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    1. I still need to try this one too. I did make a pocket diaper from a prefold so this should be pretty close to that.

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    2. Hi Princessnorm, Thanks so much for your feedback on the tutorial! I never thought I would have the time or the sewing skills to make my own diapers either. I started with wet bags and pail liners, and then I decided to give it a shot for diapers. I made a few t-shirt diapers, first a modified prefold using Chana's pattern, and then a t-shirt fitted (this tutorial is available when you sign up for my newsletter). After that I tried the prefold fitted, and I would have to say, they're not nearly as hard as I thought. The first one took me a bit more than an hour, and I never had to rip out any seams! I think if I did the cutting ahead of time, I could probably make 3 or 4 in a couple of hours now, so you might totally find it's worth it! Best of luck! ~Celeste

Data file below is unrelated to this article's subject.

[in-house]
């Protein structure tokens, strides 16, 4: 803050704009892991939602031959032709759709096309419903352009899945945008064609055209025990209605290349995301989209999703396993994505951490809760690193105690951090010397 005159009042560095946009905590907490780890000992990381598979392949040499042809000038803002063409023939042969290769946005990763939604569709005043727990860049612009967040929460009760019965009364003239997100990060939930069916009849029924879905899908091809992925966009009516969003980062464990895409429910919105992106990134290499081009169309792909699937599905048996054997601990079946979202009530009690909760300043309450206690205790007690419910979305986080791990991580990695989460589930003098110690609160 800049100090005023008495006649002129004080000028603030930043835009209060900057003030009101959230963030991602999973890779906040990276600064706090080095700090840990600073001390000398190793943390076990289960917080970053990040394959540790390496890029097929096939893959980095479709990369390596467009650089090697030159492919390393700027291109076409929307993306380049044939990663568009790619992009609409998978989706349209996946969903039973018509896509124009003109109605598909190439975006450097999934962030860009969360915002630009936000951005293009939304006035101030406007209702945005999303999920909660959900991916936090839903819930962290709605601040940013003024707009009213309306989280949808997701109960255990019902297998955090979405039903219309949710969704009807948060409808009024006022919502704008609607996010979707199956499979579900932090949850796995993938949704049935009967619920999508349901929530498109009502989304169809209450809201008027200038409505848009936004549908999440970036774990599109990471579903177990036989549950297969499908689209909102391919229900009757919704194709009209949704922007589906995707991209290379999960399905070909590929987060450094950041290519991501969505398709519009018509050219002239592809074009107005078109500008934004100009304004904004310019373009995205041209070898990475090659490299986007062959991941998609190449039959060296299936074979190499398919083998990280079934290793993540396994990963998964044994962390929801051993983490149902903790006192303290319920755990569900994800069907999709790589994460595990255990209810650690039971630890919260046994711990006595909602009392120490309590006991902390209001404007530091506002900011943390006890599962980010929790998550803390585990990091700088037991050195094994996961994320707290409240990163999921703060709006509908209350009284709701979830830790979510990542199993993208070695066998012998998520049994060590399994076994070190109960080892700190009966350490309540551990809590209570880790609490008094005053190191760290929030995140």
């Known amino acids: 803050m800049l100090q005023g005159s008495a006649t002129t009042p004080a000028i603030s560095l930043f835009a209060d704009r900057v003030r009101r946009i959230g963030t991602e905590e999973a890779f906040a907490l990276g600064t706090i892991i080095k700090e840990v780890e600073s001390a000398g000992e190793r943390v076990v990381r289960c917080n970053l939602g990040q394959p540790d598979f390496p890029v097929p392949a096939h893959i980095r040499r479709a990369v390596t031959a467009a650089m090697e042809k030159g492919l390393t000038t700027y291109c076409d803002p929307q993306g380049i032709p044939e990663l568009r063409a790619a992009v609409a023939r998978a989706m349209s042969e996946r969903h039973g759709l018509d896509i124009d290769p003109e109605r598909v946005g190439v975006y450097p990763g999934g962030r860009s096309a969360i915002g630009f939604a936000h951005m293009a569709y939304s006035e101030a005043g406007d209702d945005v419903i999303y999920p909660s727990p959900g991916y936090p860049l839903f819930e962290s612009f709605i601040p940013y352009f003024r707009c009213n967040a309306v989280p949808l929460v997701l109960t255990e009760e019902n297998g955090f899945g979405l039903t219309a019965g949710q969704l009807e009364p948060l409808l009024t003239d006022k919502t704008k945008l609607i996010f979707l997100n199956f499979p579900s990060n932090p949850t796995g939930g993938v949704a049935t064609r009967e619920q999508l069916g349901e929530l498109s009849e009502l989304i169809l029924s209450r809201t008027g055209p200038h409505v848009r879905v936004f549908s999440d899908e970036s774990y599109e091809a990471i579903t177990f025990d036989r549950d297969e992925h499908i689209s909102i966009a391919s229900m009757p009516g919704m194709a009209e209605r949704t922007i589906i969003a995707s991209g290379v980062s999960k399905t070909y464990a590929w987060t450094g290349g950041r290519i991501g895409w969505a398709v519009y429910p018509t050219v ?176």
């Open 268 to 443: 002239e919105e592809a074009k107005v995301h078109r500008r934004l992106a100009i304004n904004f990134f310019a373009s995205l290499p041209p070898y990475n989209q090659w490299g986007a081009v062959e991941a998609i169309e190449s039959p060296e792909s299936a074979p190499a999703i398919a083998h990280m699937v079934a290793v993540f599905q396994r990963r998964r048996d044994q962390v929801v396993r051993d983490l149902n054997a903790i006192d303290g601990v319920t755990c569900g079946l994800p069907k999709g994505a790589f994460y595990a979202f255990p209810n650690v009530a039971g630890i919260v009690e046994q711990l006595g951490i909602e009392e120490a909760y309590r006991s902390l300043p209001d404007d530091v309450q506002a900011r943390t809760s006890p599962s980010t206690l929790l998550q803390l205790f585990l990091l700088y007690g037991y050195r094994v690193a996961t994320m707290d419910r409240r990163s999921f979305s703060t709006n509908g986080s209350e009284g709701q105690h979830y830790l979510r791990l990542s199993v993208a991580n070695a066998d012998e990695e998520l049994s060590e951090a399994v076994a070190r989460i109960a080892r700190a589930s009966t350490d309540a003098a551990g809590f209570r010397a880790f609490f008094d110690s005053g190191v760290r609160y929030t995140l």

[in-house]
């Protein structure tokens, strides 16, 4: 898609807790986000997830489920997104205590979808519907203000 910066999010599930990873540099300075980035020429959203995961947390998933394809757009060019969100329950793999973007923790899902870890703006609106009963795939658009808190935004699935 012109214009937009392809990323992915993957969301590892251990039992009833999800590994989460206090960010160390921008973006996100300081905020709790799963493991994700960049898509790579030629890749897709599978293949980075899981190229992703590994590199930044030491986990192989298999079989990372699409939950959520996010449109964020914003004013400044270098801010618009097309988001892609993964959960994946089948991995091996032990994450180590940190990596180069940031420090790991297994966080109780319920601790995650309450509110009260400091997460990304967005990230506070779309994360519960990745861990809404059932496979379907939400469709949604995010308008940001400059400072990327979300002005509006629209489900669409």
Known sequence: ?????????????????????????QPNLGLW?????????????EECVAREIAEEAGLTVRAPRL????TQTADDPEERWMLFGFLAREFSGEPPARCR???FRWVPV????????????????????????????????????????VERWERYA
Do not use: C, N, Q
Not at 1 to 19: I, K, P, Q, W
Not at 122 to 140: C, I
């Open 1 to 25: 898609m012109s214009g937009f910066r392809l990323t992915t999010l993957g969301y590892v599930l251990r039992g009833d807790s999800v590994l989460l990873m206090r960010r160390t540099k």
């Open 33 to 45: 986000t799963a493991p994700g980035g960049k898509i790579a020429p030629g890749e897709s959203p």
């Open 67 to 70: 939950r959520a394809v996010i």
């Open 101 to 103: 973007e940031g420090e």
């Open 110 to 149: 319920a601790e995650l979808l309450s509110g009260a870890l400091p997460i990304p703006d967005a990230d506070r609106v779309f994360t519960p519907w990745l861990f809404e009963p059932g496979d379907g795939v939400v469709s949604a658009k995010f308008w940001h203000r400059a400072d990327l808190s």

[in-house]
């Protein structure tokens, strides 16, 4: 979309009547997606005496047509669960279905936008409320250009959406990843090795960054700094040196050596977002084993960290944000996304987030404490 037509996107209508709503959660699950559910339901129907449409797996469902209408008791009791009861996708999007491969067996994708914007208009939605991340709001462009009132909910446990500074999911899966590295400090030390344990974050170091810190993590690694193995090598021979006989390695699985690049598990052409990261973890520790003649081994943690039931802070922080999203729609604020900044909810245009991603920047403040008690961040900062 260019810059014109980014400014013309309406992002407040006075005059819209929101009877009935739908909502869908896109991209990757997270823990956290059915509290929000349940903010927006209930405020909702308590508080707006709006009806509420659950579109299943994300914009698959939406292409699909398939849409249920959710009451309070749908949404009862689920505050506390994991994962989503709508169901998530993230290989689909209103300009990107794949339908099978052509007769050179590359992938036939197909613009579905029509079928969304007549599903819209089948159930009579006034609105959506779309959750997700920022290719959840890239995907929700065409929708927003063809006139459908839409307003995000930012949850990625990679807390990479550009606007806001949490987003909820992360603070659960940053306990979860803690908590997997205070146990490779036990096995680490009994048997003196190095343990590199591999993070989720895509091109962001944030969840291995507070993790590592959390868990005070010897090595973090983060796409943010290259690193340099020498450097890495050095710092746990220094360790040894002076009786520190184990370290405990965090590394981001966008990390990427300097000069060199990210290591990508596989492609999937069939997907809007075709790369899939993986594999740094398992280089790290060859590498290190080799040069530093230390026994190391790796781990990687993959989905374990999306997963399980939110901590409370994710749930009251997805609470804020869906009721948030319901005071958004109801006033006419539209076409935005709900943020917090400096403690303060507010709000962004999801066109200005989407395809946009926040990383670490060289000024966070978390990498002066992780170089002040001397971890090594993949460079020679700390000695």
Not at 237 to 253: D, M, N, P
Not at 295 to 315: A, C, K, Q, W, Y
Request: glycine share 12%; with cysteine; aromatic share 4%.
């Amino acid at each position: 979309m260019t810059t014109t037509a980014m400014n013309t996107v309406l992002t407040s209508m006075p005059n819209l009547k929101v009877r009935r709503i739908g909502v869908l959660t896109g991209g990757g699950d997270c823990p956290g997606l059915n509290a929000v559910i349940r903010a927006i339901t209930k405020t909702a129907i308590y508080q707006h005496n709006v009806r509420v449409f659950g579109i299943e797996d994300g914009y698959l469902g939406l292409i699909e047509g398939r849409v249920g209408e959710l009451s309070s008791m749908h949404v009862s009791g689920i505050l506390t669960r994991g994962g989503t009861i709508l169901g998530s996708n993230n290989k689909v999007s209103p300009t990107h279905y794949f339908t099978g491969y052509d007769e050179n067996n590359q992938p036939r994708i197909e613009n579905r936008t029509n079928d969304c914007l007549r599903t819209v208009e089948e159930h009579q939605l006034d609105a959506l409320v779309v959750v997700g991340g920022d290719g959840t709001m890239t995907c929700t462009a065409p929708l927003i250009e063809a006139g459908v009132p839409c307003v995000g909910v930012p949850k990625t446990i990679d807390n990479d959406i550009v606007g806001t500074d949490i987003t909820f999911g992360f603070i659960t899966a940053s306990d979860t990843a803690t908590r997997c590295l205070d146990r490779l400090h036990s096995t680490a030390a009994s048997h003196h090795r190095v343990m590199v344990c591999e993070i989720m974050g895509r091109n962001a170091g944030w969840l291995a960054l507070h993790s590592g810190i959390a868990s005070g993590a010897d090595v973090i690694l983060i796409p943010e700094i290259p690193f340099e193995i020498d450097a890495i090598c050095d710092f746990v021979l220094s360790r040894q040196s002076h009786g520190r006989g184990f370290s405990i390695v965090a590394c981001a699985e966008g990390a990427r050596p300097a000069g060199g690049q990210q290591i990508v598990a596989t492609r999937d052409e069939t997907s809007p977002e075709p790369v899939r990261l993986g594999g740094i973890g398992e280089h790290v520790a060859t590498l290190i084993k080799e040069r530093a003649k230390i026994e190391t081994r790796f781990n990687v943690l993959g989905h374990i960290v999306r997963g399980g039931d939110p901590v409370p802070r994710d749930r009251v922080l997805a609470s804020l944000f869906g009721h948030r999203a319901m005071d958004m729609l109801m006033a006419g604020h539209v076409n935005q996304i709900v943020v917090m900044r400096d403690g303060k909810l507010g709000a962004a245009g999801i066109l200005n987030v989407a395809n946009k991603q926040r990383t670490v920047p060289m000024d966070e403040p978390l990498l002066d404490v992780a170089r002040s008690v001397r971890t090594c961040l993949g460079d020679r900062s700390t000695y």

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  2. I only know the very basics of sewing, this looks pretty complicated to me. Any chance of making a how to video for this project?

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    1. I might be able to to a how to video next month. I was just too swamped this month to even attempt it. : )

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    2. It makes sense in my head, nut elastic scares the bejeebus out of me! Thanks, China! :)

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    3. Elastic is very tricky. I've yet to master it myself. : )